One of our biggest goals at Hope Academy, is to witness our students and their entire family living successful and faithful lives.

We understand that many of our families depend upon government programs to help make ends meet. We desire to help families thrive in the life skills necessary to no longer need programs, such as food stamps, Medicaid, and other government assistance.

See the infographic below to learn more about how we support our families. You can also learn more about our family support here.

Contact us today to learn more about becoming one of our families.

family resources infographic

Growing Hope Update: The Biggest Ribbon Cutting You’ve Ever Seen

By God’s amazing grace, Phase I of the Growing Hope Capital Campaign was completed on time and under budget.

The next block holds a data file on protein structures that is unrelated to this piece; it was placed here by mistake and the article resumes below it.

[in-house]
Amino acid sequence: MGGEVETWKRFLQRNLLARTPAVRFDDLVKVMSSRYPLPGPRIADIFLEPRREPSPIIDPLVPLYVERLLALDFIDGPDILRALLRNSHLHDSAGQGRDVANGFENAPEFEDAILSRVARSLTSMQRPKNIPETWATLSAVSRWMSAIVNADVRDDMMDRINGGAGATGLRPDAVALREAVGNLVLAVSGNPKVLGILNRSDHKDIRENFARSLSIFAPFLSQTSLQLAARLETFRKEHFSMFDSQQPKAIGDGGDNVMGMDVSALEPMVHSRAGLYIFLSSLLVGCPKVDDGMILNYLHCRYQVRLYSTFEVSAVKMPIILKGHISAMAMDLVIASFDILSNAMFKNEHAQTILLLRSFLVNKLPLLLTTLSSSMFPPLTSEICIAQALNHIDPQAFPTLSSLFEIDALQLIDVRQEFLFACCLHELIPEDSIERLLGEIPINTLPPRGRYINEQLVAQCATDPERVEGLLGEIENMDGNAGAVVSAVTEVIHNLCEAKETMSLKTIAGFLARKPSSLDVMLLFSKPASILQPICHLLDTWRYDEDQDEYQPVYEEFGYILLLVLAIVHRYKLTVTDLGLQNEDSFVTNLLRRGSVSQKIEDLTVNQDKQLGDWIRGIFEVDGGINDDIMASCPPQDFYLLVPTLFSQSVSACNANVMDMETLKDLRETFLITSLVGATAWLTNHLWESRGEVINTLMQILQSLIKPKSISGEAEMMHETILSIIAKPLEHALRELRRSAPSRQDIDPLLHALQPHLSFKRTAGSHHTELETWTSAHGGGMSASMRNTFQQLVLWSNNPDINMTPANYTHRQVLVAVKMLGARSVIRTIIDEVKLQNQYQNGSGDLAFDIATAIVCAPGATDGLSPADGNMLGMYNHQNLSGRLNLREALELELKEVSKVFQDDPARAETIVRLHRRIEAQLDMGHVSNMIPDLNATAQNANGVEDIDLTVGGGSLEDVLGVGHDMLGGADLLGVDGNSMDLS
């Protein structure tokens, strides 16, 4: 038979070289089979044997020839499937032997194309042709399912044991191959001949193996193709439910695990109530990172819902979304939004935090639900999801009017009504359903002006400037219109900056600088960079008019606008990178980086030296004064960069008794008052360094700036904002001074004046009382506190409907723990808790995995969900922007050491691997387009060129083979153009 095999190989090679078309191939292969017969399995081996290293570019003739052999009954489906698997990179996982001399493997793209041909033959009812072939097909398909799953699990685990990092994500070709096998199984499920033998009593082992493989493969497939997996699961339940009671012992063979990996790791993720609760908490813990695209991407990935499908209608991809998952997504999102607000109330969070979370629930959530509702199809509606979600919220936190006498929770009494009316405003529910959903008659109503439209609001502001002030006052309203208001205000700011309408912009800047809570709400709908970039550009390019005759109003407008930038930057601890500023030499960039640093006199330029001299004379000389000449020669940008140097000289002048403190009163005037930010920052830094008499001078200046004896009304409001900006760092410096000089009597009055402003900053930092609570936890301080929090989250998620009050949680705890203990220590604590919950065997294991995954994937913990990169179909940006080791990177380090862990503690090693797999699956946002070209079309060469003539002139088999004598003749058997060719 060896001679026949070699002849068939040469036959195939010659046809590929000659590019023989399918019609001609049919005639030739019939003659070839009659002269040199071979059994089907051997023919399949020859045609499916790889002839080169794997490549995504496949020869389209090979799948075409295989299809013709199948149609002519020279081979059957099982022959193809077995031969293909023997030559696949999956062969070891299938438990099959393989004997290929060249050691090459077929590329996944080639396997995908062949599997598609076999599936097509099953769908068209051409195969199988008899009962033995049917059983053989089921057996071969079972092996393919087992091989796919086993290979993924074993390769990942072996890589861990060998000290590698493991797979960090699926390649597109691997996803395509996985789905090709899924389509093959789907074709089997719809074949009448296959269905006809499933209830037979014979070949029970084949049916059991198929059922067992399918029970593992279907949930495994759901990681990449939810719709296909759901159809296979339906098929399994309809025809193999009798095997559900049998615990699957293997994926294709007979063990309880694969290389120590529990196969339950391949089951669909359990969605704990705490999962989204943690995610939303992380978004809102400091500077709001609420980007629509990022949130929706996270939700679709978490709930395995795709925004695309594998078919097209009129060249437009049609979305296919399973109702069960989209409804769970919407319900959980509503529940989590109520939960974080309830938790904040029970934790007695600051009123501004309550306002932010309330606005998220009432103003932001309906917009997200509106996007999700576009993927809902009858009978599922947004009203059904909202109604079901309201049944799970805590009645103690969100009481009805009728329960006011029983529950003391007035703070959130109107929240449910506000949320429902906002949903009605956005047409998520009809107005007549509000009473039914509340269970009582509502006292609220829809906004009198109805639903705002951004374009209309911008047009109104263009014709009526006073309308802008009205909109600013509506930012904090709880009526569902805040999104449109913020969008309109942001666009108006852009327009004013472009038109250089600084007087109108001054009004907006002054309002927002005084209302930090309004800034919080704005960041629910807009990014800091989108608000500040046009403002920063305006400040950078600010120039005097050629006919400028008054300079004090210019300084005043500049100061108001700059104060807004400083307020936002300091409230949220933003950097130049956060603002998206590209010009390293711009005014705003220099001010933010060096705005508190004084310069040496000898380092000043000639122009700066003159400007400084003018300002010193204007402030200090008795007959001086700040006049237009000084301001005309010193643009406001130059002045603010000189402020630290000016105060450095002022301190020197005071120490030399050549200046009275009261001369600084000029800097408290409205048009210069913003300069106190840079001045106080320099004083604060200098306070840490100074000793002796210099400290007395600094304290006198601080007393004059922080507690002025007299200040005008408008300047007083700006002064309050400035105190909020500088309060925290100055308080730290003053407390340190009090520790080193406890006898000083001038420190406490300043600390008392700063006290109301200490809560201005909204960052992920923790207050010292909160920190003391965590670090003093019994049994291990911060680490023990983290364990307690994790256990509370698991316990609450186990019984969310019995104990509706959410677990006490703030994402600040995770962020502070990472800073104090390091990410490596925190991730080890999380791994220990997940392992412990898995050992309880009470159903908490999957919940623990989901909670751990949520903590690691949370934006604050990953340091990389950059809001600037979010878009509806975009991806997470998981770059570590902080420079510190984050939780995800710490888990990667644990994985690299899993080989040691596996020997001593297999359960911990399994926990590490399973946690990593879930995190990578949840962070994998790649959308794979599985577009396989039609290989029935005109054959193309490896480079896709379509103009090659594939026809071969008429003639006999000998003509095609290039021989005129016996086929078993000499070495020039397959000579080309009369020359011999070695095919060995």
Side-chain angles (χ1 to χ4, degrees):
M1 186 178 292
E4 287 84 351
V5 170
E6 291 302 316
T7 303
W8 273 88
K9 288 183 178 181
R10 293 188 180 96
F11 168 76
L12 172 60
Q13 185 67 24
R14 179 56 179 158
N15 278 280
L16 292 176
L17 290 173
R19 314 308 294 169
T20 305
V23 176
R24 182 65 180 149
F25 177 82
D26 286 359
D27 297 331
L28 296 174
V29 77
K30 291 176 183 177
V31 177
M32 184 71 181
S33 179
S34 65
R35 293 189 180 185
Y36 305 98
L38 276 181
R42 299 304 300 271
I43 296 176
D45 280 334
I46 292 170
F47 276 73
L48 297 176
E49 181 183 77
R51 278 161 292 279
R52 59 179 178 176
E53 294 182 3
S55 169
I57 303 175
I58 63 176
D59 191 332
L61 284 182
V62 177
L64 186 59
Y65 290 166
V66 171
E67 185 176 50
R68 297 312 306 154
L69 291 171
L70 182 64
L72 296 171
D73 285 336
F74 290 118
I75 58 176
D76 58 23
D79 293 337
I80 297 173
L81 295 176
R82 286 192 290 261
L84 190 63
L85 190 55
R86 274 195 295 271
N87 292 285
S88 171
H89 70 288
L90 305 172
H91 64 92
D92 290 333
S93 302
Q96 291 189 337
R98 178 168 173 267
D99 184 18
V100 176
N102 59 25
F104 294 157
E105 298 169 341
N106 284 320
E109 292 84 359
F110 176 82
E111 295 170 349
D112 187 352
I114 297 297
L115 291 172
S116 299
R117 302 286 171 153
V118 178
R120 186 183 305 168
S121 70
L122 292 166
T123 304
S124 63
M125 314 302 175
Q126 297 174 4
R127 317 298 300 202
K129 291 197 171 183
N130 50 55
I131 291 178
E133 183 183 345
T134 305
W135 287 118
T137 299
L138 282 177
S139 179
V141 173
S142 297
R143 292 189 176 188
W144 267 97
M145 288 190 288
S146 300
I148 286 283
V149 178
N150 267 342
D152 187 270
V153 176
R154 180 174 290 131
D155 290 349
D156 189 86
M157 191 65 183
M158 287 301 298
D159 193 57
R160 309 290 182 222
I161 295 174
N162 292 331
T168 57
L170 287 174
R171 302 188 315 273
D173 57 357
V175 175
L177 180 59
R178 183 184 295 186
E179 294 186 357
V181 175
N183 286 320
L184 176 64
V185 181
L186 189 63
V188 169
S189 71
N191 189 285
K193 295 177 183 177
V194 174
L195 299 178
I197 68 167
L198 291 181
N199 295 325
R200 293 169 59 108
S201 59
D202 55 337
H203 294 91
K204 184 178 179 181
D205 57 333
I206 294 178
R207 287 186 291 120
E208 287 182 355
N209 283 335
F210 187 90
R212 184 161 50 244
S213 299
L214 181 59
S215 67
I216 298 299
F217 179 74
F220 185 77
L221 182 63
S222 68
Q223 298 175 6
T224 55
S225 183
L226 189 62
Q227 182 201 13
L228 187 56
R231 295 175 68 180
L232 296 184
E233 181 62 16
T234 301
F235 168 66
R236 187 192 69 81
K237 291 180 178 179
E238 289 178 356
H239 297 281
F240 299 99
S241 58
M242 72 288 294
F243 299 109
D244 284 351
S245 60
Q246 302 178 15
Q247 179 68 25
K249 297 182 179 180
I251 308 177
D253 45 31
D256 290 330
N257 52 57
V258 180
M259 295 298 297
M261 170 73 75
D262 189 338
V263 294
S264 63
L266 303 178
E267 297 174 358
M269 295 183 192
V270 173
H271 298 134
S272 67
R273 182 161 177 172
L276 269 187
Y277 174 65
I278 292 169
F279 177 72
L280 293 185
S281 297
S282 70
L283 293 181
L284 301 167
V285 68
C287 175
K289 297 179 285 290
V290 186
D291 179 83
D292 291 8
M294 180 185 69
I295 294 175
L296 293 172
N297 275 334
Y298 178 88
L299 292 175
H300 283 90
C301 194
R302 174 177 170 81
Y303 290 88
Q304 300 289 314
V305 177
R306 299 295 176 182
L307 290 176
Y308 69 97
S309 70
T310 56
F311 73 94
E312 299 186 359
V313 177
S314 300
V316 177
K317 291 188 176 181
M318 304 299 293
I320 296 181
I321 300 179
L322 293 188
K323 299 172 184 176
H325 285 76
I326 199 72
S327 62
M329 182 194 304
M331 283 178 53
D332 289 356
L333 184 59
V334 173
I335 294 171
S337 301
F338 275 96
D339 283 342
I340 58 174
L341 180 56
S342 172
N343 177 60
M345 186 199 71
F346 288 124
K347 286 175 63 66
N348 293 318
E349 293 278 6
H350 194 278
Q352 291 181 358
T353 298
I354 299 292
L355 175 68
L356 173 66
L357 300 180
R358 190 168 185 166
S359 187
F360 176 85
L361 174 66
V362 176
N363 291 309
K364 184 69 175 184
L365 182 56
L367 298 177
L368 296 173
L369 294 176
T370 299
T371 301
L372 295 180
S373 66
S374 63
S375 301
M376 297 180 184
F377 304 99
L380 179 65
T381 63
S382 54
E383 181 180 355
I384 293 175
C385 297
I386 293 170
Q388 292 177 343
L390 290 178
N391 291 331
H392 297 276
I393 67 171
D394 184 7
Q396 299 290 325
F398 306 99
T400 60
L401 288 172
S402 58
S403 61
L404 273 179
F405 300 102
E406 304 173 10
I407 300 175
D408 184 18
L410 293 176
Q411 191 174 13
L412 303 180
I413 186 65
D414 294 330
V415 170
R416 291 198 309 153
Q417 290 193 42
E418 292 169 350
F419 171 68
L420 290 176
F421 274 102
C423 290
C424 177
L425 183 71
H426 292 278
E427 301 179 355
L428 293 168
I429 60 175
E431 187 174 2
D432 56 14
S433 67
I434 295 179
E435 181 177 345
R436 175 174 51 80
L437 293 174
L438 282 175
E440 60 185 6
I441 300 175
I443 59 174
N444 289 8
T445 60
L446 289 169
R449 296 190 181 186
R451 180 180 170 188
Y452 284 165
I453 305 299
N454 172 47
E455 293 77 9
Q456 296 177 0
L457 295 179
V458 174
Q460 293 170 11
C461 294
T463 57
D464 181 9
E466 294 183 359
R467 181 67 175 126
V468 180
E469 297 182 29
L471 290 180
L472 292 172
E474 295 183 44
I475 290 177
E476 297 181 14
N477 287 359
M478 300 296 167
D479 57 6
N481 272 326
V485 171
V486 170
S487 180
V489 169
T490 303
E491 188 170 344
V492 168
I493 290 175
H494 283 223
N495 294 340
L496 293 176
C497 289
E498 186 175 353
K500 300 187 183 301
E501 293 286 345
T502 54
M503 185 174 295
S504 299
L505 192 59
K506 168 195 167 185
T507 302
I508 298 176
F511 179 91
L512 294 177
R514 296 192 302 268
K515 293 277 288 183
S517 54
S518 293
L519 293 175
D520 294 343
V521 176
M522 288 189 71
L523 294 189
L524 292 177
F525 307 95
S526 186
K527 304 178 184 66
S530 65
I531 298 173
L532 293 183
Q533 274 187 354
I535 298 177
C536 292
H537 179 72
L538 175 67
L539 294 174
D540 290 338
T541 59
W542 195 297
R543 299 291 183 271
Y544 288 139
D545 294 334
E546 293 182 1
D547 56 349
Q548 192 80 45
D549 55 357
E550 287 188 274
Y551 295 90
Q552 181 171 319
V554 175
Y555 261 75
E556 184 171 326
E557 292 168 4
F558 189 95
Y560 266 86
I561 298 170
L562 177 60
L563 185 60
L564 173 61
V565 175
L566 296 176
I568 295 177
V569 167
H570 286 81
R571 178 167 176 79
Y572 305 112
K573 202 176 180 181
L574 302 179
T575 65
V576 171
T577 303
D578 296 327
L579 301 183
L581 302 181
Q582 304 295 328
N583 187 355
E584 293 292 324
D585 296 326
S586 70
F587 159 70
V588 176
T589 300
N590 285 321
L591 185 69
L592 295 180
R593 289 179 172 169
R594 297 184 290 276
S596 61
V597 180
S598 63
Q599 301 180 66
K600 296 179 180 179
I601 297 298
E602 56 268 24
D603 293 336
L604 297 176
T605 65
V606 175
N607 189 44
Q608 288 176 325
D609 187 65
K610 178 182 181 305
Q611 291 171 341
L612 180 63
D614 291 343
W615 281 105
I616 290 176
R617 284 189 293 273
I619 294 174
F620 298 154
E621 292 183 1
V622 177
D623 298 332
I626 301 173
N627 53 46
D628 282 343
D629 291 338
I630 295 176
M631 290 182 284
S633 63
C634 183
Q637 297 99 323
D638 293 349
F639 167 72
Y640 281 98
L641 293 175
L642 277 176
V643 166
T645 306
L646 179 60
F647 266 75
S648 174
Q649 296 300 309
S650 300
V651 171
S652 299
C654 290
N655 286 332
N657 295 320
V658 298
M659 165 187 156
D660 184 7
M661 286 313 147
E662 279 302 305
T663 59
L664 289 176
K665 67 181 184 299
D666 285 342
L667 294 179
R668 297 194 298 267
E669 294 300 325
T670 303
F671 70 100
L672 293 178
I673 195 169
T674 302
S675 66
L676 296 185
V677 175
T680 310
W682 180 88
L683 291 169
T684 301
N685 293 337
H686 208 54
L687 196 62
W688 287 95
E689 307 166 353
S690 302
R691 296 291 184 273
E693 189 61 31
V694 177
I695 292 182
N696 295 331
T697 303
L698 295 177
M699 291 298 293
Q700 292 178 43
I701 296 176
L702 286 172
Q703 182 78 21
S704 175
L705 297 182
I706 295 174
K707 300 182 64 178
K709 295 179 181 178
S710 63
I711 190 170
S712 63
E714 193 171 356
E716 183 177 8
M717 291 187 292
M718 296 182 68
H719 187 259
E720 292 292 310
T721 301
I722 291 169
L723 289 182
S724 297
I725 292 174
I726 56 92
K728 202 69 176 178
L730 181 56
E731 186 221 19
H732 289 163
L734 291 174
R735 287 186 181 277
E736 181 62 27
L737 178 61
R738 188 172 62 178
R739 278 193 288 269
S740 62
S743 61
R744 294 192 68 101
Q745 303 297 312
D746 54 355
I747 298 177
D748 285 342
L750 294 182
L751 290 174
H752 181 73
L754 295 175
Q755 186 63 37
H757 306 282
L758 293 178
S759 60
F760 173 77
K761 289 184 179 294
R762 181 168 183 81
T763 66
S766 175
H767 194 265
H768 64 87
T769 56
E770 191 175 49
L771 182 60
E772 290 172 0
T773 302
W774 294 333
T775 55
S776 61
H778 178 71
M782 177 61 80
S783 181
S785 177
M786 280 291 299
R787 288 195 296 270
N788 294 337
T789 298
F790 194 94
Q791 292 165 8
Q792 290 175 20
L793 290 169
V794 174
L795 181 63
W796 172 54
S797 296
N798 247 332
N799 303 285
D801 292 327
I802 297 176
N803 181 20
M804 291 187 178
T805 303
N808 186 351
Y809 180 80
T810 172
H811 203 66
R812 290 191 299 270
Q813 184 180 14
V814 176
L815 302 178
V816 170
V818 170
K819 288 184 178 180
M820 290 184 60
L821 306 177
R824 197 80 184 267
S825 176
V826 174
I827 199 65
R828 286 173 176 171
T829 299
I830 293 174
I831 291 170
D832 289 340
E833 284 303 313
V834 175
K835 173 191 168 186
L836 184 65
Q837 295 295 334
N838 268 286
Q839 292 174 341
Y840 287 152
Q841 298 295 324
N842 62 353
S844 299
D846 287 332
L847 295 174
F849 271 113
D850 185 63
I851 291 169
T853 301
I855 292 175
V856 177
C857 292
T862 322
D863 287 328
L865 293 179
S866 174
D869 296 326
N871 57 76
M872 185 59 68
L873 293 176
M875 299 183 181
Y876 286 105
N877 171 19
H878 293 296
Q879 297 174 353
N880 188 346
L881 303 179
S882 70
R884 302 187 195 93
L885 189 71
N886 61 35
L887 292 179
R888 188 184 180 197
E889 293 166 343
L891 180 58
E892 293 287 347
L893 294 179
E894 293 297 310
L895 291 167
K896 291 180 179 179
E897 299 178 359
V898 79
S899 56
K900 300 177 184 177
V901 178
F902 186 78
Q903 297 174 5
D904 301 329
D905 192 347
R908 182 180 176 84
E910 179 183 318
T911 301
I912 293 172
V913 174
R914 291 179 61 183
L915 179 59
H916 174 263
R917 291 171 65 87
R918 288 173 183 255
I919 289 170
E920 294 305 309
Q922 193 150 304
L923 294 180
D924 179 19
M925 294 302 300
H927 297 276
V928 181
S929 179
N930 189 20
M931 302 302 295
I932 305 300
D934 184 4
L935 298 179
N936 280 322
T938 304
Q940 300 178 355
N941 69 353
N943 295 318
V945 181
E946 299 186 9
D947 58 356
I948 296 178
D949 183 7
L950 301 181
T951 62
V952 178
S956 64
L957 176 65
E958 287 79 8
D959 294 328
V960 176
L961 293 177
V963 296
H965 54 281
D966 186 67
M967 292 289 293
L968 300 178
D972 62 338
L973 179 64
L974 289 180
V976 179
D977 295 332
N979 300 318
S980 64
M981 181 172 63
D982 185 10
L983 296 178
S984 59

Last week, we pulled out the biggest pair of scissors Hope Academy has ever seen, and hosted a Ribbon Cutting to celebrate our new science wing, computer lab, and 4th grade classrooms. Click to enjoy a snippet!

Lord-willing, this will not be the last time you see those scissors. In fact, we are hoping to use them 11 more times — once to christen Phase II of our Growing Hope expansion to make room for 250 more students, and 10 more times to celebrate the opening of 10 Hope Academy-style schools nationwide. We are trusting the Lord for the remaining $625,000 to make this possible.

To learn more about the Growing Hope Capital Campaign – or to join us in our efforts – see hopeschool.org/remarkable.

Thank you to everyone who has had a hand in Growing Hope for urban youth. There has never been a better time for hope!

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The Best Private School or the Right School?